Using Splunk in a Screen Saver

Sometimes users of Splunk like to have Splunk tell them what is happening with their infrastructure without doing an ad-hoc search. The most obvious way to accomplish this is to use Splunk Alerts. An alert gets generated for a saved search that is executed over a configured period and matches user defined conditions.

Now suppose you want to visually just watch a saved search run on periodic basis. One approach would be to have the Splunk Web application in the browser auto refresh itself. If the requirement is that you would like this to appear full screen in real time for others to see without giving them any other access to your desktop computer (as you may be away), a possibility is to have the search run in a screen saver. I’ll explain one way to get this to work.

First, decide what searches you would like to run in a screen saver and test them out in a browser. Next, create a permalink to the search by using the pull down menu next to the Splunk search bar clicking on permalink. The URL will appear in the browser’s address bar and should be copied away to some documentation utility such as notepad in Windows. An example URL that has been “permalinked” by Splunk would be:


Next, you’ll need to install a screen saver creation utility that allows web pages to be used as screens in a screen saver. For the purposes of testing, I’m using 2Flyer Screensaver Builder. All I did next was to use the saved URL above to create a web page for the screen saver and have it run every 30 seconds. This would allow me to execute a sequence of searches each being shown for 30 seconds at a time. After previewing the results, you can build the screen saver from the tool and you’ll get a screen such as below running from your screen saver.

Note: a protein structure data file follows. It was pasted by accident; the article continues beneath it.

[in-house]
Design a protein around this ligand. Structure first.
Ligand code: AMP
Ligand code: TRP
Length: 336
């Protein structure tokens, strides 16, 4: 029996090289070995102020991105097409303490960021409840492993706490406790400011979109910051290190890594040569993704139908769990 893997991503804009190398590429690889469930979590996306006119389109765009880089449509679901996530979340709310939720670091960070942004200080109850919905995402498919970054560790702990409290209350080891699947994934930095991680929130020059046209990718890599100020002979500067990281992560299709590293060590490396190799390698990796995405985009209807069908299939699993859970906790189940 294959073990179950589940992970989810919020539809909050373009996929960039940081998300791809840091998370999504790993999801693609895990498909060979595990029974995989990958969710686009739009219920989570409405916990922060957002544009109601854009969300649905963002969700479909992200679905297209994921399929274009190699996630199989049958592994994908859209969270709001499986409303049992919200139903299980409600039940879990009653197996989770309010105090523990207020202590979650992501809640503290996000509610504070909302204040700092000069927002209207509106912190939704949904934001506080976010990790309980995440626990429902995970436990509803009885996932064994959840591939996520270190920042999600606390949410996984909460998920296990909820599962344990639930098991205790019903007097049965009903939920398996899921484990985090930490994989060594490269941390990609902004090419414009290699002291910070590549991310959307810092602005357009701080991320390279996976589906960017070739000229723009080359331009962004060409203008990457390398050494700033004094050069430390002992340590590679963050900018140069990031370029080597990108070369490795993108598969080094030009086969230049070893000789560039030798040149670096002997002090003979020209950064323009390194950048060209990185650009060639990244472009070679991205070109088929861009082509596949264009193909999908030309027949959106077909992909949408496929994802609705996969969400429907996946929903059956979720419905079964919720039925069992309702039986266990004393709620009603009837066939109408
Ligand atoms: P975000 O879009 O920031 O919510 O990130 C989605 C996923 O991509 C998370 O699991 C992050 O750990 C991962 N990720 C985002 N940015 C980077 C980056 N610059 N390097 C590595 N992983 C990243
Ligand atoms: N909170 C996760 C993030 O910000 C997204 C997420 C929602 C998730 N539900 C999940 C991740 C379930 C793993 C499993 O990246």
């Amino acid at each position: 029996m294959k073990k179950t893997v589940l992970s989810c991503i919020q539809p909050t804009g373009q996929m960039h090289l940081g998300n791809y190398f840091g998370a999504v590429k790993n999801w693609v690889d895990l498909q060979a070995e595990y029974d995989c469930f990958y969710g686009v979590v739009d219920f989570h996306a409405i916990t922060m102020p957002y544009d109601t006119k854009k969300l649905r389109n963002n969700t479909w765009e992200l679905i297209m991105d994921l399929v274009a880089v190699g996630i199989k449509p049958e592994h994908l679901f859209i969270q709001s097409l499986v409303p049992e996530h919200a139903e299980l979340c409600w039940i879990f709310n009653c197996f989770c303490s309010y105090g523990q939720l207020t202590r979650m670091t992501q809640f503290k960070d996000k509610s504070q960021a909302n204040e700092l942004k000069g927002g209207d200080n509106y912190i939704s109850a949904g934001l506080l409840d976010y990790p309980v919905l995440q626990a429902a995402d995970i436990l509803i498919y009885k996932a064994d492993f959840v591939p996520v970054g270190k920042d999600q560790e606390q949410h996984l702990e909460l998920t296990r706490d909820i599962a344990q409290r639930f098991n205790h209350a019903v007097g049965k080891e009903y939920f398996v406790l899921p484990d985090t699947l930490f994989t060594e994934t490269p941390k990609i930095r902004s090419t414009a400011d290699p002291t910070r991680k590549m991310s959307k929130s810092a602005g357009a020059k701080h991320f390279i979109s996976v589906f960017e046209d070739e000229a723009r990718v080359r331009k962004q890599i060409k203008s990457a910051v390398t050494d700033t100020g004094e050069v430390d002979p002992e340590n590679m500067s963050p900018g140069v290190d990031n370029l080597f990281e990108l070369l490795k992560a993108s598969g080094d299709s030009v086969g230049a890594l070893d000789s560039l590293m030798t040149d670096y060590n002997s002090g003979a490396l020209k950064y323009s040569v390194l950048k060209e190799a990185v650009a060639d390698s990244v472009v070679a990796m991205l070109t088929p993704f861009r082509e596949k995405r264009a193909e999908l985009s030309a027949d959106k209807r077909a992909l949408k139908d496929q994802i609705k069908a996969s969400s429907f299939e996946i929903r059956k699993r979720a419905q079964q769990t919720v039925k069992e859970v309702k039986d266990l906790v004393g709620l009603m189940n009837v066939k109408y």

Splunk Search in Screen Saver

Now, the next question is authentication. For the purposes of testing, I used the free edition of Splunk and didn’t have to deal with it. For the enterprise edition of Splunk, there is an application on Splunkbase called autologin that will allow automatic login into Splunk using a pre configured Splunk user and password. It is recommended to use an underprivileged user as your base user for security reasons. I got this working with Firefox as my default browser, but for some reason in IE, it had me go through one extra mouse click to accept the Splunk Certificate each time even though it had been added as an acceptable certificate and CA from the browser beforehand. Screen savers, by definition, don’t allow you to interact with them using mouse clicks as that would exit the screen saver. Since 2Flyer Screensaver Builder was based on the IE rendering engine, I didn’t try this any further.

In retrospect, I don’t recommend using an autologin feature to authenticate into Splunk as it does introduce a backdoor that you may not want, even if it is for an underprivileged user. A more acceptable approach would be to have the screensaver builder accept users and passwords to authenticate with any HTML form as part of building the screen saver. Overall, I write this blog entry to show you another interesting way to monitor activities in your operations center beyond traditional ad-hoc searches and alerts.

Nimish Doshi
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Nimish Doshi

Nimish Doshi is a Principal Systems Engineer with Splunk and has been active on Splunkbase content creation and writing Splunk blogs entries for a number of years.


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